Declaration of Santa Clara on Social Cohesion in Latin America and the Caribbean

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Declaration of Santa Clara on Social Cohesion in Latin America and the Caribbean Powered By Docstoc



We, the Ministers for Social Development and Heads of Delegation, gathered in Santa Clara, Lima, Peru, 1- 2 May, 2004, on the occasion of the Fifth Forum of Ministers for Social Development in Latin America and the Caribbean, taking into account the framework of commitments undertaken at the United Nations Millennium World Summit and other social summits, as well as the regional commitments undertaken at the Monterrey Consensus, the Cuzco Consensus and the Declaration of Margarita:

1. Social equity, socio-economic and cultural development constitute a single process, and can only be coherently conceived as integral concepts, if social cohesion is to play a primary role in overcoming poverty and exclusion; 2. Overcoming poverty and discrimination requires the implementation of welldefined, comprehensive policies enforced by the States with the full participation of society and citizens who are aware of their social, economic and political rights and responsibilities, which, in turn, will strengthen democratic governance; 3. Processes of political and economic integration should be oriented towards a consistent improvement in the standard of living of the region’s inhabitants and empowerment of citizens to exercise fully their social and economic rights and responsibilities; 4. Macroeconomic policies involving structural adjustments have not resulted in greater social equity nor in the improved distribution of wealth in the region; 5. The increase in poverty, inequities and exclusion constitutes a serious threat to democratic governance in Latin America and an affront to the dignity of its people; 6. Social policies should constitute State Policies, that ensure that strategic investment in the human, social and natural capital of the countries of the region and that facilitate the pursuit of social cohesion and equity for individuals, institutions and territories thereby making economic policies viable.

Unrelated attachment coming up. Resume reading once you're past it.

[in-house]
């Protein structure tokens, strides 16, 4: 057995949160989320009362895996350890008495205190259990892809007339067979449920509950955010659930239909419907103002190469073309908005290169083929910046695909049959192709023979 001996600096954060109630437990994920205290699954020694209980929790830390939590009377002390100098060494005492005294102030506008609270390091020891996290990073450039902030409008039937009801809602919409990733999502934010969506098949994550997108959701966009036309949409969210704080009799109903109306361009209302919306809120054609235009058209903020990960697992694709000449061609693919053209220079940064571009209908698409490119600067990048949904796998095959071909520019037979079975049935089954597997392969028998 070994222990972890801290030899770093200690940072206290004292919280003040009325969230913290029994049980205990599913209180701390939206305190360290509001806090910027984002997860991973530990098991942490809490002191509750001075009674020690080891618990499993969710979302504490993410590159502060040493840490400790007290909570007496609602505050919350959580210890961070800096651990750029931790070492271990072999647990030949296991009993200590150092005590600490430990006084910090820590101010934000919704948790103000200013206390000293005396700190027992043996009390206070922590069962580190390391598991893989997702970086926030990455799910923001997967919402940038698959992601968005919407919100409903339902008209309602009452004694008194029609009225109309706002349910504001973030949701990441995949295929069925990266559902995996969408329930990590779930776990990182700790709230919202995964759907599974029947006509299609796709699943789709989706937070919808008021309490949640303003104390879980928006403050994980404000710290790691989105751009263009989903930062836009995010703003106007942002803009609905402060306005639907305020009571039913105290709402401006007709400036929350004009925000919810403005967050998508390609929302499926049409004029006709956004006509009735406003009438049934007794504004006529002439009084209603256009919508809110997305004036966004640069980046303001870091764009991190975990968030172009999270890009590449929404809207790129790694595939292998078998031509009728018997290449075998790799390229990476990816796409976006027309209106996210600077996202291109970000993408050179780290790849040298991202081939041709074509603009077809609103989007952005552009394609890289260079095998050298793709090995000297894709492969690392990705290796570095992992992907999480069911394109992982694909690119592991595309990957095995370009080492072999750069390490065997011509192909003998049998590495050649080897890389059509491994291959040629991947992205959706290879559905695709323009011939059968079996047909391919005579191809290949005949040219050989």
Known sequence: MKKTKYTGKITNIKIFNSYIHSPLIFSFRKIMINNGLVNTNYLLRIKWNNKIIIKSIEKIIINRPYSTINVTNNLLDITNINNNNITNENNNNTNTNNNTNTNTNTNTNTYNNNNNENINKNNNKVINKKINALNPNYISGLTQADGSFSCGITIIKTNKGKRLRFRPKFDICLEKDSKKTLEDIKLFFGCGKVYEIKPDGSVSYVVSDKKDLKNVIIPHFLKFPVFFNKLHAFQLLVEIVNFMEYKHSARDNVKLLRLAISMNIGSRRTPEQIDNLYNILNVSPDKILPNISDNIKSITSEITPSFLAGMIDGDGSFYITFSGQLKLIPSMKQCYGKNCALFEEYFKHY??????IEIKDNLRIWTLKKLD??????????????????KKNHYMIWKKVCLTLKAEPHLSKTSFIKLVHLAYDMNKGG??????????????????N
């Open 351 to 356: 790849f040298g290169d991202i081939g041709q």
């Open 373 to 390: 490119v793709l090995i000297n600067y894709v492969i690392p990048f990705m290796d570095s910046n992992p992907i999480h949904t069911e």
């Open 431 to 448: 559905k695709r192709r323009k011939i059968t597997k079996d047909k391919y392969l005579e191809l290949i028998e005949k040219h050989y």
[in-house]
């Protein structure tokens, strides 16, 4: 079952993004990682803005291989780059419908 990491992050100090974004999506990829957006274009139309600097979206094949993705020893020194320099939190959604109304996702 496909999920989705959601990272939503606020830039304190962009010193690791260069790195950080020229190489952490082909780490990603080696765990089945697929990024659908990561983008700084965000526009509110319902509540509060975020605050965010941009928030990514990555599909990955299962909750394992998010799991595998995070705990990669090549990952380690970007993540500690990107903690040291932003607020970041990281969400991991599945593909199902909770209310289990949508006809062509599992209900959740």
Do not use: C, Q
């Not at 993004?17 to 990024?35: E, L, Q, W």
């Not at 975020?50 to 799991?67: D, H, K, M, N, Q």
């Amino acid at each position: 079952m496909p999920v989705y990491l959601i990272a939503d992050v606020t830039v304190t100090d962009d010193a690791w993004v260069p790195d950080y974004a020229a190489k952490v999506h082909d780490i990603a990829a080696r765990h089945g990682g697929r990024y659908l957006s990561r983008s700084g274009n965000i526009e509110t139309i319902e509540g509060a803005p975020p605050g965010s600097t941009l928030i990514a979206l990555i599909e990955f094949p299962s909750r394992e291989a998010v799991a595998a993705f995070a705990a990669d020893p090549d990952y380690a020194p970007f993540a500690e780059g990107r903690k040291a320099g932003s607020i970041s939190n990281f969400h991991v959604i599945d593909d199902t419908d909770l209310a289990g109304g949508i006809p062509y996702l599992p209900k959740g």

Said policies should also increase the competitiveness of the countries of the region, ensure the redistribution of the fruits of economic growth and create conditions in which systems of democratic governance may thrive;

7. States intervention therefore require innovative approaches, with priority being given to an integral, territorial concept of development that should prevail over the sectorial approaches, which have led to the dispersion, superimposition and fragmentation of functions and inefficiency in the sphere of social investment, thereby strengthening the current decentralization processes in the region;